2020_010_A
Support the Café
Search our site

Sanctified in him

Sanctified in him

Daily Reading for May 2 • Athanasius, Bishop of Alexandria, 373

What advantage then was it for the immortal to have assumed the mortal? Or what improvement does the everlasting one get by putting on the temporal? How great can any reward be for the everlasting God and King in the bosom of the Father? Don’t you see that this too was done and written because of us and for us? The Lord became man for us, we who are mortal and temporal, so that he might make us immortal and bring us into the everlasting kingdom of heaven. . . .

It is not the Word then (viewed as the Word) that is improved. For he had all things and has them always. But it is the human race, which has its origin in him and through him, that is the one who receives the improvement. For when he is now said to be anointed according to human terms, it is we who in him are anointed, since also when he is baptized, it is we who in him are baptized. But on all these things the Savior throws significant light when he says to the Father, “And the glory that you gave me, I have given to them, that they may be one, even as we are one.” Because of us, then, he asked for glory. And the words “took” and “gave” and “highly exalted” occur so that we might take, and to us might be given and we might be exalted in him. He also sanctifies himself for us so that we might be sanctified in him.

From Discourses Against the Arians by Athanasius, quoted in Ancient Christian Commentary on Scripture: New Testament IVb, John 11-21, edited by Joel C. Elowsky (Downers Grove, Ill.: InterVarsity Press, 2007).

Facebooktwitterpinterestlinkedinmail

Café Comments?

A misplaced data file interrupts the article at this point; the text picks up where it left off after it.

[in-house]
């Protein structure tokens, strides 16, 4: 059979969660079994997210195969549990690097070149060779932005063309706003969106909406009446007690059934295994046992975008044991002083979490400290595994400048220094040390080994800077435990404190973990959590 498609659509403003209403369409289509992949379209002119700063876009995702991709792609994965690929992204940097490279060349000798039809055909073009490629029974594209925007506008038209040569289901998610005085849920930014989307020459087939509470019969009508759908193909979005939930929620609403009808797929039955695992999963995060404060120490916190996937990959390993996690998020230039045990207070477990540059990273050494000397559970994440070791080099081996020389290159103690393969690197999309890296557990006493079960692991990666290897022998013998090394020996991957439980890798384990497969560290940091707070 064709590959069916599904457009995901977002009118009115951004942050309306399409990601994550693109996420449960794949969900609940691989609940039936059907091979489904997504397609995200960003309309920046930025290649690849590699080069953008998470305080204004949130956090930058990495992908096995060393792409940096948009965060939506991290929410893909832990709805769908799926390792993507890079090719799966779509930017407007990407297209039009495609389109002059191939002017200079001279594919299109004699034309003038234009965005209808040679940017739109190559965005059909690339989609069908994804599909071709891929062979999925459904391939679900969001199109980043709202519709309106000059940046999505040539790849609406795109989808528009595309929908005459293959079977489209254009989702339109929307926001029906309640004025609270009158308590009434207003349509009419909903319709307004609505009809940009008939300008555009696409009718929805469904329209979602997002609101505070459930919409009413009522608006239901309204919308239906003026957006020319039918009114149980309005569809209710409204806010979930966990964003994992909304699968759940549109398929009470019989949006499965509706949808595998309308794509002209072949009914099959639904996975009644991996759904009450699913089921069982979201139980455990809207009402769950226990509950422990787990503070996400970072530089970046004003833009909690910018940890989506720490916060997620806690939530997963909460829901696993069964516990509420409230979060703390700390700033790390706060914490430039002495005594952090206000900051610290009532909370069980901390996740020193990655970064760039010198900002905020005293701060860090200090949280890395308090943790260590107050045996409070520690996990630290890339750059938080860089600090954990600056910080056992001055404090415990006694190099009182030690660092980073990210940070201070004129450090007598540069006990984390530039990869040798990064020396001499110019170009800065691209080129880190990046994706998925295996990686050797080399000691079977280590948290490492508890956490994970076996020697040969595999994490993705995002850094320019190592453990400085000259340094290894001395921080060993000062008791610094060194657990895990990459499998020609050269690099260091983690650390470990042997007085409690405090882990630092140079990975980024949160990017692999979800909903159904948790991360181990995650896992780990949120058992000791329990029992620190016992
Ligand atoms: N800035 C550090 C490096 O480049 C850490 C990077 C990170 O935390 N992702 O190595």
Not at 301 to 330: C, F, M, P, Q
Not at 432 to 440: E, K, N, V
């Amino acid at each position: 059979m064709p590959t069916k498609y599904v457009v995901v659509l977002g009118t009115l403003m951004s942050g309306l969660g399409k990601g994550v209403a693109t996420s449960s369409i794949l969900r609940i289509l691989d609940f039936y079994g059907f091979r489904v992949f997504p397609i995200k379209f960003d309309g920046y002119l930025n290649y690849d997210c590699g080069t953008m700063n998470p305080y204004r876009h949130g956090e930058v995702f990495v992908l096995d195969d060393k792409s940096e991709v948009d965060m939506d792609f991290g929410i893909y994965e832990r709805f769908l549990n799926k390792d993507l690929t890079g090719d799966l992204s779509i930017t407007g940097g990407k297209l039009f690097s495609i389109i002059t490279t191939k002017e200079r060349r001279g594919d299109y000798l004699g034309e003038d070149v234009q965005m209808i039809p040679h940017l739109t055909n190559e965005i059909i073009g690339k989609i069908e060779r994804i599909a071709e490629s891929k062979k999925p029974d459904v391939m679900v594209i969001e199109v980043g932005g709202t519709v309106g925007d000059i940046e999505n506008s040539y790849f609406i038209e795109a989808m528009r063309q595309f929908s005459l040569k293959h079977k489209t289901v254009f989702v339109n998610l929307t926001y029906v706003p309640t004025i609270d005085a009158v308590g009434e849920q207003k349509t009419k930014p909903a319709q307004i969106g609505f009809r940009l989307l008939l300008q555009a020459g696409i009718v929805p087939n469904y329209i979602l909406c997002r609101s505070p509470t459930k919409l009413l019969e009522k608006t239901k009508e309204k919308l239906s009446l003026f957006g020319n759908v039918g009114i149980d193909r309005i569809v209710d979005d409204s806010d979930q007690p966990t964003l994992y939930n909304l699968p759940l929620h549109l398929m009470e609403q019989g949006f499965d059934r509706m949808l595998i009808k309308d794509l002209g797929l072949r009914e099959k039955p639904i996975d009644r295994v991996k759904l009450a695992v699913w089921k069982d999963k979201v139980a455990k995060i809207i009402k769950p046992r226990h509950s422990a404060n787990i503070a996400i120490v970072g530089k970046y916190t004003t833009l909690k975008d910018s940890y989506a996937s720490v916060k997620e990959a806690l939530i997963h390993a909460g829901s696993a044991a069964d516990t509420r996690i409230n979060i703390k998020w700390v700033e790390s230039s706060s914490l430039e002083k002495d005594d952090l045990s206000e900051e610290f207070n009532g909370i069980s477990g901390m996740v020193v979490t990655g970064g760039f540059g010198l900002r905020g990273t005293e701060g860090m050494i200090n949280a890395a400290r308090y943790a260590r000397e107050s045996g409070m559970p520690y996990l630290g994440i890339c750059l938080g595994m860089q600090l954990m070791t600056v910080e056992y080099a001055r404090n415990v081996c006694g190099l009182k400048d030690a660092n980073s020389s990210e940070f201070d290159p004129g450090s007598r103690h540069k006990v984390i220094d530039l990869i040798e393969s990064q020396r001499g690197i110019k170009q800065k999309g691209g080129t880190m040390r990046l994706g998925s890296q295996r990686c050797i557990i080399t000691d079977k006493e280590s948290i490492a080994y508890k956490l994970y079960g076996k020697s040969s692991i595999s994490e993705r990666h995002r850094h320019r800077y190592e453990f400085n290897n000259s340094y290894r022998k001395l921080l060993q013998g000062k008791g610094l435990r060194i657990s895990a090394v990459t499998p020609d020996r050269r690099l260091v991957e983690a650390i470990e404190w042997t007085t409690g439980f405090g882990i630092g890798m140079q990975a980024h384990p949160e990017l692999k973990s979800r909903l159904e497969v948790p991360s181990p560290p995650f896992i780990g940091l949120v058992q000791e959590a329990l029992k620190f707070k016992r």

Our comment policy requires that you use your real first and last names and provide an email address (your email will not be published). Comments that use non-PG rated language, include personal attacks, that are not provable as fact or that we deem in any way to be counter to our mission of fostering respectful dialogue will not be posted.

Facebooktwitterrss
Support the Café
Past Posts

The Episcopal Café seeks to be an independent voice, reporting and reflecting on the Episcopal Church and the Anglican tradition.  The Café is not a platform of advocacy, but it does aim to tell the story of the church from the perspective of Progressive Christianity.  Our collective sympathy, as the Café, lies with the project of widening the circle of inclusion within the church and empowering all the baptized for the role to which they have been called as followers of Christ.

The opinions expressed at the Café are those of individual contributors, and, unless otherwise noted, should not be interpreted as official statements of a parish, diocese or other organization. The art and articles that appear here remain the property of their creators.

All Content  © 2017 Episcopal Café